Penn State Society of Women Engineers wins national award


By Tessa M. Pick

UNIVERSITY PARK, Pa. — The Penn State Society of Women Engineers (SWE) received the 2020 Outstanding Collegiate Section (OCS) Gold Mission Award for the seventh consecutive year at the virtual WE20 National Conference.

This award is the highest possible collegiate recognition within the national SWE — an organization that focuses on celebrating and promoting women in the engineering and technology fields.

“I am incredibly proud of our SWE chapter and their unparalleled achievement as recipient of the Gold Mission Award for the seventh year standing,” said Cheryl Knobloch, director of the Penn State Women in Engineering Program and Penn State SWE chapter adviser. “The magnitude of this accomplishment can’t be overstated. The competition for this national award is fierce and the remarkably high standards distinguish our chapter as visionary leaders and ambitious models for collegiate chapters nationwide.”

According to the SWE website, the OCS Gold Mission Award is awarded to SWE chapters that have contributed to SWE, the engineering community and their campuses. Penn State SWE has taken home this award for the past seven years because of its work in professional development, advocacy, diversity and inclusion — a representation of SWE’s national motto, “Advance, Aspire and Achieve.”

“Penn State SWE is always evolving to meet the needs of our members by leveraging new ideas into annual occurrences,” said Kelly Weikel, senior chemical engineering student and University affairs officer for Penn State SWE. “What sets us apart from other SWE chapters is our ability to offer a broader range of events — from service and outreach to THON and inclusion — by encouraging the creativity of our leadership team.”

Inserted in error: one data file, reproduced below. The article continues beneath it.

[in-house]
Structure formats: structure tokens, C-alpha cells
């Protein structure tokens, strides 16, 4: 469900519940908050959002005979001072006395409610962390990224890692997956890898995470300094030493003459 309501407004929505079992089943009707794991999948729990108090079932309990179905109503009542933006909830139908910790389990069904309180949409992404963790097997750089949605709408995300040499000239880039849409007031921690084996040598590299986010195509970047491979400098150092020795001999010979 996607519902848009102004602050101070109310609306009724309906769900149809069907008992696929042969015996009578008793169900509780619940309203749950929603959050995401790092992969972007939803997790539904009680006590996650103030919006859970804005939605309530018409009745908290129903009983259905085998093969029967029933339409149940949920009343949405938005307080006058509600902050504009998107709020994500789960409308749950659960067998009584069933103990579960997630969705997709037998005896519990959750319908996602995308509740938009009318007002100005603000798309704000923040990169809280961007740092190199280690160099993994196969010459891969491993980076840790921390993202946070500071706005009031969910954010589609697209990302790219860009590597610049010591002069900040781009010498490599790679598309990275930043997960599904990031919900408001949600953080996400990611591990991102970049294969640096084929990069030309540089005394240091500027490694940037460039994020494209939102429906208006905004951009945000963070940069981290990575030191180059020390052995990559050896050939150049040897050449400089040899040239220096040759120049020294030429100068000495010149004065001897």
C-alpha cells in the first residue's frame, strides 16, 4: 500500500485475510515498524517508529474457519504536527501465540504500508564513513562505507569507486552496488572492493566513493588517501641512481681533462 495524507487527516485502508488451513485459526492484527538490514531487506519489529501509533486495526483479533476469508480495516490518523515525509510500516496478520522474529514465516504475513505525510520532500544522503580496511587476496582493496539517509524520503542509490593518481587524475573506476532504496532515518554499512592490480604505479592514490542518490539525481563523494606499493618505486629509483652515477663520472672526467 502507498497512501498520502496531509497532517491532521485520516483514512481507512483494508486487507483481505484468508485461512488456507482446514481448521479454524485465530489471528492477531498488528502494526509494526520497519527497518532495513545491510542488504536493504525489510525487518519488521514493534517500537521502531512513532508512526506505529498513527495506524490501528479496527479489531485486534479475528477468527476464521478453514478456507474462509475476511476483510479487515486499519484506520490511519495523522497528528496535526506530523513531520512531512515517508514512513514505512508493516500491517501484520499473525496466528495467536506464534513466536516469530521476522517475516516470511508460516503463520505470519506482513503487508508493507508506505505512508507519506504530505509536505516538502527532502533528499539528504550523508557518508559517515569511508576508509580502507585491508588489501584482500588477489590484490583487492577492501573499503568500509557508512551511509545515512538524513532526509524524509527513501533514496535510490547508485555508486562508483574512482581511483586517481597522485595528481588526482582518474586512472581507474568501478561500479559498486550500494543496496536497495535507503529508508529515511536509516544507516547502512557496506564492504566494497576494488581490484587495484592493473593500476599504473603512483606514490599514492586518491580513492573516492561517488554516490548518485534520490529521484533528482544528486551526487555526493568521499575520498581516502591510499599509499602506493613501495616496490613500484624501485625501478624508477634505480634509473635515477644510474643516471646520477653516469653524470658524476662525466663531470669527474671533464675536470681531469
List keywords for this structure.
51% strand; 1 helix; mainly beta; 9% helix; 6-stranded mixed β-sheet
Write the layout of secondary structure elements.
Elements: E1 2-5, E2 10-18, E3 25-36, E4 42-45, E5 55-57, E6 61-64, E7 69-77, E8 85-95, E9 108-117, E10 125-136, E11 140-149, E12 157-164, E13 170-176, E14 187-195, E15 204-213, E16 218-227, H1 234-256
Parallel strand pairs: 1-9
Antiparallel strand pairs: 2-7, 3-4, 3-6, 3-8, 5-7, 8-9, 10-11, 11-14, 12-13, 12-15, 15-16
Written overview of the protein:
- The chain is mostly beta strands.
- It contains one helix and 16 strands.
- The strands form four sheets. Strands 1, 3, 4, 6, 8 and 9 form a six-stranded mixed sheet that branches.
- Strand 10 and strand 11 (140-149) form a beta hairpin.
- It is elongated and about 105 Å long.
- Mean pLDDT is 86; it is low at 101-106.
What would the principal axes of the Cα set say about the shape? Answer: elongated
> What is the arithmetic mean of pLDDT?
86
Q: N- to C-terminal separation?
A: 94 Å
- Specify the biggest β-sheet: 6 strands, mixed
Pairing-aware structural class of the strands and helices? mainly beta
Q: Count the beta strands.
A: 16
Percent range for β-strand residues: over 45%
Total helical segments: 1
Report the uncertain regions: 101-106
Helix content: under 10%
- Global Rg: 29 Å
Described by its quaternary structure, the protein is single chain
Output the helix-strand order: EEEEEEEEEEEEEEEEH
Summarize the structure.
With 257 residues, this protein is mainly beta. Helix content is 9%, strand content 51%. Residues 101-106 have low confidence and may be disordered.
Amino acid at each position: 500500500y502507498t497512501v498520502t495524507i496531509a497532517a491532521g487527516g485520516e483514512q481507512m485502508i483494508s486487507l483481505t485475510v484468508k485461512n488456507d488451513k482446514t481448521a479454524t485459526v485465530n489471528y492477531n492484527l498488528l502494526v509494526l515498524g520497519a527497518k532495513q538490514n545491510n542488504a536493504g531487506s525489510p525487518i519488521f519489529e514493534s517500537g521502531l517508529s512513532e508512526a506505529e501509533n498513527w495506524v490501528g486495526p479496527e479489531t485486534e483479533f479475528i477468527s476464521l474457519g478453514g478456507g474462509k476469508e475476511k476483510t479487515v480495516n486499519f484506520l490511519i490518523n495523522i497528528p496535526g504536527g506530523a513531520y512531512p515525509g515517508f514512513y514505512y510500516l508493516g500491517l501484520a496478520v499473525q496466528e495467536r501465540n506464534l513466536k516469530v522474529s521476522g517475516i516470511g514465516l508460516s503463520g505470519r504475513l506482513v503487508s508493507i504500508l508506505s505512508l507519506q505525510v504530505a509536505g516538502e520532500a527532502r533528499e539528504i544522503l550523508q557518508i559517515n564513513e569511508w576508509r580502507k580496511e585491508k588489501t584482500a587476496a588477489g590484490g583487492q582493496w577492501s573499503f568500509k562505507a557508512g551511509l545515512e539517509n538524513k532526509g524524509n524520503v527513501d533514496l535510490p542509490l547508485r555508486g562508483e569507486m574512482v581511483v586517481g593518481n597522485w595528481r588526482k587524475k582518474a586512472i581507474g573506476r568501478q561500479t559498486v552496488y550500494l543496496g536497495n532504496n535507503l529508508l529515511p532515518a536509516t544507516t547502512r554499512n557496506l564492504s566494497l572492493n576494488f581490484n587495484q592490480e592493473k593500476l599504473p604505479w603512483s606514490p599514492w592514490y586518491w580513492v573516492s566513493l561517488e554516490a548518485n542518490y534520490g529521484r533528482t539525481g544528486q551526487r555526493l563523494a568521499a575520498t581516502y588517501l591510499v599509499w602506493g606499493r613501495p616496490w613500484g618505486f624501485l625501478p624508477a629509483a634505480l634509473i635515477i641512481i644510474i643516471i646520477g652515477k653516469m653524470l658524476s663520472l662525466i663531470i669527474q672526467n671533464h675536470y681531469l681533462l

Each year, SWE chooses the recipients for this award from an applicant pool of many SWE collegiate chapters from across the country.

“This year, our personal development director, Malaree Scott, senior civil engineering student, did a fantastic job compiling and writing all this information for the application,” Weikel said.

Penn State SWE also was recognized for excellence in “Best Practice” in the public policy category. This award was given in recognition of Penn State SWE’s newly established events, which included a workshop focused on sexual harassment and “He for SWE” events — a movement in the SWE community that aims to increase gender inclusivity by welcoming male allies into discussions on gender bias. Penn State SWE is open to all Penn State students who are interested in promoting a more inclusive engineering environment.

Other Penn State SWE inclusivity and diversity initiatives were recognized with this award, including members’ participation in events such as the Leaders in STEM Summit and the Diversity Scholarship Meeting.

“Becoming an engineer can be an uphill battle, so it’s important to find a community where you are not alone in your struggles,” Weikel said. “SWE offers the support, skills and events to uplift our fellow students and inspire the next generation of women engineers.”


Share this story:

facebook linked in twitter email


College of Engineering Media Relations